EXPECTANCY EFFECT

Expectancy Effect: An Overview

The expectancy effect is a phenomenon in which individuals’ performance is affected by their expectations of the outcome. It is a type of cognitive bias in which people’s expectations and beliefs about the outcome of a situation or event can influence their actions and thus the actual outcome. The effect is widely studied in the fields of psychology, cognitive neuroscience, and economics, and has been found to play a role in many aspects of everyday life. This article provides an overview of the expectancy effect, its applications, and its implications.

Definition

The expectancy effect is defined as the phenomenon in which individuals’ performance is influenced by their expectations of the outcome. Generally, it is understood that expectations of a positive outcome lead to improved performance, while expectations of a negative outcome can lead to poorer performance. This effect has been found to play a role in decision-making processes, problem-solving, and even physiology.

Evidence

The expectancy effect has been studied in various fields, with research examining its impact in decision-making, problem-solving, and physiology. In decision-making, the effect has been shown to cause people to make different decisions depending on their expectations of the outcome. For example, a study conducted by Chen and colleagues (2010) found that people were more likely to make riskier decisions when they expected a positive outcome, and more cautious decisions when they expected a negative outcome. In problem-solving, research shows that people are more successful in solving problems when they expect to do so (Rosenbaum, 2016). Finally, evidence suggests that expectations can even affect physiological processes, such as heart rate and respiration (Gellman, 2003).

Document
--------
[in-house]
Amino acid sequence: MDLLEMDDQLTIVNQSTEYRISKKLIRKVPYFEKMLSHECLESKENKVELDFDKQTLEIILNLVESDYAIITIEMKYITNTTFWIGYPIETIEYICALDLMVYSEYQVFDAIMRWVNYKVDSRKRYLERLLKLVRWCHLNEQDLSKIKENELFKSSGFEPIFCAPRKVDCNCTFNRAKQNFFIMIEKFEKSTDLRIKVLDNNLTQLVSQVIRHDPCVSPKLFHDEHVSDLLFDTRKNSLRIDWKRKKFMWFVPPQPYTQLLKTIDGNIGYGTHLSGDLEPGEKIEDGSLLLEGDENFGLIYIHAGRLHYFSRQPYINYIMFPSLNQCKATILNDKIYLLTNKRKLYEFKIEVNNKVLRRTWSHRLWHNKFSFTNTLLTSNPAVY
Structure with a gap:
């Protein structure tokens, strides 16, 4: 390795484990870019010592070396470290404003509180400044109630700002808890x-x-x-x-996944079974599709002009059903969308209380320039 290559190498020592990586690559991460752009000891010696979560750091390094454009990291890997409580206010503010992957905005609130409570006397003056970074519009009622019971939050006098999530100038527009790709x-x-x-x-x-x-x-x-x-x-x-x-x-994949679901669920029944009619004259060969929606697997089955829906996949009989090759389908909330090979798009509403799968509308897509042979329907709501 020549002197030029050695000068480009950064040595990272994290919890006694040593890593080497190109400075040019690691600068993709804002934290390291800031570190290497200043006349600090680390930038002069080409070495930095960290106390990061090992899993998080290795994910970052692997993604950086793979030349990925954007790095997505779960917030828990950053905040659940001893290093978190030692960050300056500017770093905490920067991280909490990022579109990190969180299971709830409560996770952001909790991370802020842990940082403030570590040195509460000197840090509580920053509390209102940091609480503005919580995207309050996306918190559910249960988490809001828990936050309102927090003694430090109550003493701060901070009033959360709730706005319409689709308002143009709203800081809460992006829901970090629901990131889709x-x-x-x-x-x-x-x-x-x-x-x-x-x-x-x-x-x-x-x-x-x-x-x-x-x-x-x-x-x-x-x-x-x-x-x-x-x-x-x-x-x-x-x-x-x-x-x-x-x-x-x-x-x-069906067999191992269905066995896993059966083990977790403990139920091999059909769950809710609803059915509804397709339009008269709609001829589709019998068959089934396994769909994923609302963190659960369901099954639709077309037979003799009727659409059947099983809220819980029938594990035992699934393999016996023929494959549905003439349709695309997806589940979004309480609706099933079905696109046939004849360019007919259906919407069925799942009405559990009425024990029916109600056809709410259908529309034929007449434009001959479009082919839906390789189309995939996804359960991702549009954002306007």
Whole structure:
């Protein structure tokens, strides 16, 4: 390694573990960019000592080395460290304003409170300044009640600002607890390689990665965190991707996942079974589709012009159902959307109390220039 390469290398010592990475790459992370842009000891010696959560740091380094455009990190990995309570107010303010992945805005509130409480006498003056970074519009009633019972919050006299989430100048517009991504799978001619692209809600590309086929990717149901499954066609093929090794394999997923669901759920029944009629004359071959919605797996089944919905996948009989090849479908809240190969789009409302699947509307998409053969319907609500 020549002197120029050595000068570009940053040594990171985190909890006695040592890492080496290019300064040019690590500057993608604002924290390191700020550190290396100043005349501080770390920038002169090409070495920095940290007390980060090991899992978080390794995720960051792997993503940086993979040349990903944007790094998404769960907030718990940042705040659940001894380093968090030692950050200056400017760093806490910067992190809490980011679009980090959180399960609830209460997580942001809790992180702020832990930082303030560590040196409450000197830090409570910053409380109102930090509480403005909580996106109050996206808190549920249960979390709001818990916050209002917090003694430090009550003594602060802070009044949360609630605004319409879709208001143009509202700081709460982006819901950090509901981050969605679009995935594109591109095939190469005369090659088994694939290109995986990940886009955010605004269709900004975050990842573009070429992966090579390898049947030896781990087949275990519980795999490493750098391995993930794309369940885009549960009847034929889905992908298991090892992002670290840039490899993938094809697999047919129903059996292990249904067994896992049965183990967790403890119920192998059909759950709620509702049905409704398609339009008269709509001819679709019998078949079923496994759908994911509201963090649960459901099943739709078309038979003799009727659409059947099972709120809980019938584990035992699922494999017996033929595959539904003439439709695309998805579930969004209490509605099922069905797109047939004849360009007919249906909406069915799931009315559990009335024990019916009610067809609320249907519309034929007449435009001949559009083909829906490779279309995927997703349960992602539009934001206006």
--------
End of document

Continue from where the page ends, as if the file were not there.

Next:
Applications

The expectancy effect has been found to have various applications, including in the fields of education, health, and marketing. In education, research suggests that expectations of success or failure can influence students’ performance, with students who expect to do well performing better than those who expect to do poorly (Eccles, 2006). In the health field, research has found that expectations of recovery from a medical procedure can impact the speed and extent of the recovery (Hagen et al., 2011). Finally, in marketing, the effect can be used to influence people’s buying decisions by emphasizing the positive aspects of a product or service.

Implications

The expectancy effect has various implications, both positive and negative. On the positive side, the effect can be used to improve performance in various areas, such as education, health, and marketing. On the negative side, it can lead to cognitive biases, such as confirmation bias, in which people search for and interpret information in a way that confirms their preconceived beliefs and expectations. Furthermore, if expectations are too high, it can lead to disappointment if the expectations are not met.

Conclusion

The expectancy effect is a phenomenon in which individuals’ performance is affected by their expectations of the outcome. It has been studied in various fields, including psychology, cognitive neuroscience, and economics, and has been found to have applications in education, health, and marketing. However, it can also lead to cognitive biases and disappointment if expectations are too high.

References

Chen, P. C., Chen, C. C., & Huang, C. Y. (2010). The expectancy effect in decision making. Journal of Economic Psychology, 31(2), 279-289.

Eccles, J. S. (2006). Expectancies, values, and academic behaviors. In A. Wigfield & J. S. Eccles (Eds.), Development of achievement motivation (pp. 7-40). Academic Press.

Gellman, M. D. (2003). Expectancy effects on physiological processes: A meta-analysis. Psychological Bulletin, 129(4), 848-865.

Hagen, S., Bovim, G., & Sand, T. (2011). Placebo and nocebo effects in the treatment of chronic pain. Scandinavian Journal of Pain, 2(3), 117-127.

Rosenbaum, D. A. (2016). Problem solving and the expectancy effect. In D. A. Rosenbaum (Ed.), Cognitive neuroscience of problem solving (pp. 43-50). Oxford University Press.

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